MFUNDO BONGELA argues that instead of giving black people back the land their ancestors were forcibly removed from, it would be better to give them today’s equivalent of that land in the form of a slice of the industrial economy.
This was before the industrial revolution that freed commercial interests from land ties, which opened up space for every citizen who could provide a service or create something that the industrialising economy needed to have a shot at success. It is during the industrial revolution that many institutions of training were built as part of the realisation that human capital was becoming what land was during the agrarian era of economic development.
The exclusion of black people from participation in the mainstream economic life of the country during industrialisation, reducing them to mere slaves breaking their backs in the belly of the revolution, on the mines and railroads, meant that the resource mobility of black labour, which could ensure that anyone who worked hard and was innovative could become successful, was effectively condemned to a life of backwardness and poverty, and many to death.
Black people were therefore excluded from both the agrarian economy and the multiple phases of industrialisation, pushing back our human development by at least 100 years. It’s possible therefore that Africans, as with other peoples of the world, would have moved away from the agrarian economy as industrialisation kicked in and upskilled themselves to both drive and benefit from industrialisation.
The stories of people black people, especially in the last 23 years, who started with nothing and later became a great success is testament to how far the world is from the land-tied wealth of the past and how industrialisation and its needs has opened space for anyone who could identify a niche or need to create a product to meet that need and be a great success. This is the 21-century meaning of true wealth.
This speaks to the importance of government focus during industrialisation periods. Whether it’s the first or the fourth industrial revolution, two critical investments of government have always been a necessary condition for its people to maximise benefits of industrialisation.
Investment in infrastructure in order to enable commercialisation to happen with minimum hindrances and investments in institutions of higher learning have always formed the primary ingredients of an industrialising nation. There has always been a risk that those who do not have critical skills may be missed by an industrial revolution and may never catch up.
This begs a question: at this stage of industrialisation, shouldn’t the constitutional imperative of correcting the injustices of the past, particularly the land question, be converted instead into a meaningful contribution to industrialisation?
Over the years, other sectors of the South African economy have grown faster than the agriculture, forestry, hunting and fishing sector; resulting in agriculture’s share of the GDP dropping from more than 6% in the 1970s to 1,9% in 2015 (Economic review 2015, DAFF). So, what does it mean to get land back today? Do we really want land or do we want its historical value to the pre-agrarian period and or when it was taken from us? What is really the true worth of what we lost?
This may require a lot of wisdom, but part of the solution may well be that instead of colonial white settlers and their offspring giving back the physical land, they must be asked to make payment of their ‘land price equivalent’ to a special fund that will be used to provide commercial infrastructure to all black areas and to build multiple institutions of learning in every region of the country to upskill the 45% of our young people who remain unemployable.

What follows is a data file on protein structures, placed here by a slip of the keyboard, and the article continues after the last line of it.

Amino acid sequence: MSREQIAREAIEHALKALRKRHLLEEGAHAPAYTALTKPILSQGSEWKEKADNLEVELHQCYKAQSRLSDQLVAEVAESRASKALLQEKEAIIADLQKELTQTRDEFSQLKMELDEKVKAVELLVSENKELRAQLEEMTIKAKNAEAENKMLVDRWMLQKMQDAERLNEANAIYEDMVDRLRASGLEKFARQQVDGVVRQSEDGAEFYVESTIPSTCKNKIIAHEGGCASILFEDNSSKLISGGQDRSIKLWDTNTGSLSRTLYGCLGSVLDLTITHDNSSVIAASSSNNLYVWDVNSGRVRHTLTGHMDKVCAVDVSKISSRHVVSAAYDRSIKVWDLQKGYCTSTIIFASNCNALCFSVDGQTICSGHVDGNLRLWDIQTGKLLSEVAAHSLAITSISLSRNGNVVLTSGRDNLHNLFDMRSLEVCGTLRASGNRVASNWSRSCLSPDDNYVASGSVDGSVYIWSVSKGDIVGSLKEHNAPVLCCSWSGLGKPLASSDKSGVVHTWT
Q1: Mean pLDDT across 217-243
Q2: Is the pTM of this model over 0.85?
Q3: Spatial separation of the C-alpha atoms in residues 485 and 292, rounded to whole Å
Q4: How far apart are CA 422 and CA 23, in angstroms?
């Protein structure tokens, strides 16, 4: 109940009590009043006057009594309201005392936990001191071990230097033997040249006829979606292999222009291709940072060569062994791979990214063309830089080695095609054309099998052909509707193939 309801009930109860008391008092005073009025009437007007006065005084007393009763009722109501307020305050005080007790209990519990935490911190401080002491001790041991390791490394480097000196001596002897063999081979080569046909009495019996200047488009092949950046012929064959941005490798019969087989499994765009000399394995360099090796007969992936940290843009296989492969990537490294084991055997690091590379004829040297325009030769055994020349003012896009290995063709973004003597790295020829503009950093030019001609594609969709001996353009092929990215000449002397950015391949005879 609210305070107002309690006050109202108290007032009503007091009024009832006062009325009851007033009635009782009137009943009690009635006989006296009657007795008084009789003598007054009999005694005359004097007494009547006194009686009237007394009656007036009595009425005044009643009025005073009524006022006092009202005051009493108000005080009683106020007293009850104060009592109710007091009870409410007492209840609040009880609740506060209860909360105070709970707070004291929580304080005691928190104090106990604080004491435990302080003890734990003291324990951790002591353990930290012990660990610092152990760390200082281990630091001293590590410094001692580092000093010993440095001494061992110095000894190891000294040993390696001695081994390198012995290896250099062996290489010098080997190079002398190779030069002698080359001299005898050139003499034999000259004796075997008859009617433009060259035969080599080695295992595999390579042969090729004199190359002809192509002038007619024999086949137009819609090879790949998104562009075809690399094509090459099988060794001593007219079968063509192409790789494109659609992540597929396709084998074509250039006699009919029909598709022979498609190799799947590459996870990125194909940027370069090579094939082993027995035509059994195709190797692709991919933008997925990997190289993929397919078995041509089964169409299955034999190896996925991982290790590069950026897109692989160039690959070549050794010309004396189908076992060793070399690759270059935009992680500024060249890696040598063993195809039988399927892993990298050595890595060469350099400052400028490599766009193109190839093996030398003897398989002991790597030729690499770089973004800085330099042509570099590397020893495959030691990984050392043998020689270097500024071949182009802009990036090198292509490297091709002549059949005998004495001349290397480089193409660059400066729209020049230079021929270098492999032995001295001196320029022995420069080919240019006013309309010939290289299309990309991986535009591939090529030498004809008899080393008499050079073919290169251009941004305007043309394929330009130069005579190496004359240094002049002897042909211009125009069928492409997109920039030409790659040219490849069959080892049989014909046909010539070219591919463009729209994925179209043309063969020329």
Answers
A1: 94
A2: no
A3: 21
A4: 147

This would be a recognition that whilst land was the biggest contributor to economic participation in an agrarian economy, during this fourth Industrial revolution, ownership of land is not what it was when our land was taken away from us.
An investment into institutions of higher learning is not only about producing skilled labour but it’s also equally about investment in research so that new products, new technologies and new science can be devised which will continue to reinvent the pace of the industrialisation and create new industries that can employ more people.
Africa is said to be at an advantage because we can largely avoid the past western industrialisation model that burnt tons of fossil fuels into the atmosphere and brought us the unstable and violent weather patterns we are currently experiencing today. It is through huge investments in research that Africa will discover more efficient and environmentally friendly paths to strong and high levels of development.
Most of our land in South Africa is used for agriculture. Given that agriculture no longer contributes as much to the GDP of the country, any effort that seeks to correct the injustices of the past by merely giving back the land would be short-changing black people.
The question today may well not be what is the land price equivalent that is due to black people but what is the GDP equivalent of the land stolen from us in today’s terms. It may well be an equivalent of what financial services contribute to GDP today.
It’s important, therefore, for us to appreciate that whilst we seek to correct the injustices of the past, the world has not been standing still waiting for us to come back and take what belongs to us. What belonged to us then is unrecognisable in today’s value system. Our people need empowerment.
Would a return of land bring the level of historical empowerment a landownerhad in 1930 or would the level of industrialisation in today’s economy be today’s land equivalent? These are the questions that we must answer. These are the questions that must inform our policy.
Bongela is ANC Regional Secretary in the Joe Qabi Region of the Eastern Cape